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We monitor, record and analyse our water-related data, including incidents, grievances and fines, to identify and manage potential impacts. 

In alignment with Glencore’s Risk Management Framework, we classify the severity of all sustainability-related incidents against a five-point scale from negligible, to minor, moderate, major and catastrophic. We aim to avoid any major or catastrophic incidents. Further information on our water-related impacts is in our Sustainability Report 2020.

Our water-related risks are assessed based on two approaches: 

Risk assessment of high risk sites / medium risk sites with identified reputational issues

By applying WRI’s Aqueduct Water Risk Atlas’ baseline water stress levels and considering freshwater withdrawal quantities, we identify operations with potential high water-related risks. These operations additionally assess their water quality risk exposure, and if identified, these risks are combined to produce a final rating.

Annual risks survey

In addition to identifying high-risk sites, we also assess and monitor water-related risks through an annual internal survey of all our industrial operations. This process is designed to identify potential substantive water-related risks and impacts (e.g. physical, environmental and social) due to operational changes. We also establish appropriate preventive and mitigating controls for all risks, irrespective of their classification.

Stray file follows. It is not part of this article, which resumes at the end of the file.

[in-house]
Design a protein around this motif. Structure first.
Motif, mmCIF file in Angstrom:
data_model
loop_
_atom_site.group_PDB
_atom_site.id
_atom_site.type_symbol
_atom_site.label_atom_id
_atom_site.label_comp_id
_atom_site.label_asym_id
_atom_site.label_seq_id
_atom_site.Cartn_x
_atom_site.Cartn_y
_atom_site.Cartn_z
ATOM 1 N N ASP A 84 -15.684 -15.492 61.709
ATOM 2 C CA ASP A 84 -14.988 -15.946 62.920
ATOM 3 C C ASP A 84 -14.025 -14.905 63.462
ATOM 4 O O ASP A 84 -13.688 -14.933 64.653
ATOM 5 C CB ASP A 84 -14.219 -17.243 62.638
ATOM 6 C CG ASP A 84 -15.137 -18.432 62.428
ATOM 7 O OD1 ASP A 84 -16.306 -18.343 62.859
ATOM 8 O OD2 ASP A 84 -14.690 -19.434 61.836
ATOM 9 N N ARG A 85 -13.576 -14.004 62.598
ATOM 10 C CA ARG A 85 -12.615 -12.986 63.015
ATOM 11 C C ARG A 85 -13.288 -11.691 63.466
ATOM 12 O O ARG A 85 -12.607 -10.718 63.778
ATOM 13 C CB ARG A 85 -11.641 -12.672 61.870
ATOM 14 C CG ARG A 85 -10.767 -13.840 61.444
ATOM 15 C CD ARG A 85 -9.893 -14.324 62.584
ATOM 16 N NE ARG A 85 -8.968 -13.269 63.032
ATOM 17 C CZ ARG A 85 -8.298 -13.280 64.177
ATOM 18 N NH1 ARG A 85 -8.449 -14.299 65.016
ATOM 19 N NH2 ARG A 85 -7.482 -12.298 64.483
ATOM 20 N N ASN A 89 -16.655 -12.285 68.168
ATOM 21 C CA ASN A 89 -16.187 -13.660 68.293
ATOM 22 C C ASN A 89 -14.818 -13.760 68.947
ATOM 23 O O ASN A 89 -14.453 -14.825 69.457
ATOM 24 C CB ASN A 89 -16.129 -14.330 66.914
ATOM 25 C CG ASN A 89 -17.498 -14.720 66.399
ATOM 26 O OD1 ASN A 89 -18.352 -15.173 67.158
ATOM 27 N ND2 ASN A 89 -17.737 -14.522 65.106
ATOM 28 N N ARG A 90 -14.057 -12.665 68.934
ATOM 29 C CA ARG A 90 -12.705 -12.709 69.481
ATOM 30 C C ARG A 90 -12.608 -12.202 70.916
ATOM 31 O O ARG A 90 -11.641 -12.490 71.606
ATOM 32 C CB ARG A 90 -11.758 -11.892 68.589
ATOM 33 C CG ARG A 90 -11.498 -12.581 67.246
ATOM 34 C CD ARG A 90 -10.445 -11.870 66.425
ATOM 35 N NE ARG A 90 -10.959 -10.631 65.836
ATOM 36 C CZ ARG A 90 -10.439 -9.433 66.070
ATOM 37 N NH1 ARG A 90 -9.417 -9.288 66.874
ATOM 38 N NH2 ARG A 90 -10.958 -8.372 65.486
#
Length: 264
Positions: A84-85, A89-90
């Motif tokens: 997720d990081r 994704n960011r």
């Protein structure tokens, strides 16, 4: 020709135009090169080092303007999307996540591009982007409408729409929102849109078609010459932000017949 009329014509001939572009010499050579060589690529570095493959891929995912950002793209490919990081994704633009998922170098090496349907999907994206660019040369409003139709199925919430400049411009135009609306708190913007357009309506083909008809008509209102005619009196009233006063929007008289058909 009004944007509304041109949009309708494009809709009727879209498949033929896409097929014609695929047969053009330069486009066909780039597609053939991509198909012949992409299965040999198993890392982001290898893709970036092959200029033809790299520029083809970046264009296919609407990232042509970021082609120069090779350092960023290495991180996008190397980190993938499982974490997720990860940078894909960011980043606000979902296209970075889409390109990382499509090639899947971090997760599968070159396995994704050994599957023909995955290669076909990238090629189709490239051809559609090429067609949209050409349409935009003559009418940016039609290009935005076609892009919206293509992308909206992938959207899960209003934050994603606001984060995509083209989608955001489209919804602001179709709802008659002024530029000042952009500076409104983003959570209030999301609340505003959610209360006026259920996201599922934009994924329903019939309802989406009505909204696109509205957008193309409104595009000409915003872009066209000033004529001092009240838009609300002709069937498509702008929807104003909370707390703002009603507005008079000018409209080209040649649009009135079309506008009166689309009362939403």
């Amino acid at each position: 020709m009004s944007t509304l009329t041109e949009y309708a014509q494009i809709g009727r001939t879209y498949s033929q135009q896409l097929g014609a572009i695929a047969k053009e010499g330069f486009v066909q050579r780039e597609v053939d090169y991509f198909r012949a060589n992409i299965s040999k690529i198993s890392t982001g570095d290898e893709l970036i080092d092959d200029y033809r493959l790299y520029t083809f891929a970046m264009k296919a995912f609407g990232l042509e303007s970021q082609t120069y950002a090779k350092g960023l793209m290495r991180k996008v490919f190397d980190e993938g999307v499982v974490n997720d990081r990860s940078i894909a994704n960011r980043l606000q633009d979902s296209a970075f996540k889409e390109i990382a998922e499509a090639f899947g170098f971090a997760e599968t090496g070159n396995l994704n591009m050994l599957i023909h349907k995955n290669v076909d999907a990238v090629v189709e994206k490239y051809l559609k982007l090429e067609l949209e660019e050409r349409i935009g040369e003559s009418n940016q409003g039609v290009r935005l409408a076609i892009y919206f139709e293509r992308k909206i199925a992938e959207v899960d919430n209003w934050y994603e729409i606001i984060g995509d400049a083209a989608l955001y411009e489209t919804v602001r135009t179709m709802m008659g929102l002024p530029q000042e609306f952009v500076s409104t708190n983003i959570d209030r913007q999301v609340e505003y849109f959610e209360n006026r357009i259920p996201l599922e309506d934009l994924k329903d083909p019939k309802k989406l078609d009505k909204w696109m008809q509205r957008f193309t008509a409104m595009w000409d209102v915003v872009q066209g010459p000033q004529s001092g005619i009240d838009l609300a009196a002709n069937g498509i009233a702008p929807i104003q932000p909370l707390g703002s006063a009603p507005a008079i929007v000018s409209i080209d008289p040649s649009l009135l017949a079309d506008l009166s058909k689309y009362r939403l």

Financial impacts may arise from:

  • Increased operating costs
  • A negative reputational impact resulting in the loss of an operating licence
  • Regulatory restrictions placed on production processes, and/or
  • Materially-reduced or disrupted production

We apply Glencore’s Risk Management Framework, which contains defined thresholds to assess the combined impact of potential consequences and probability, in order to analyse and classify material business risks.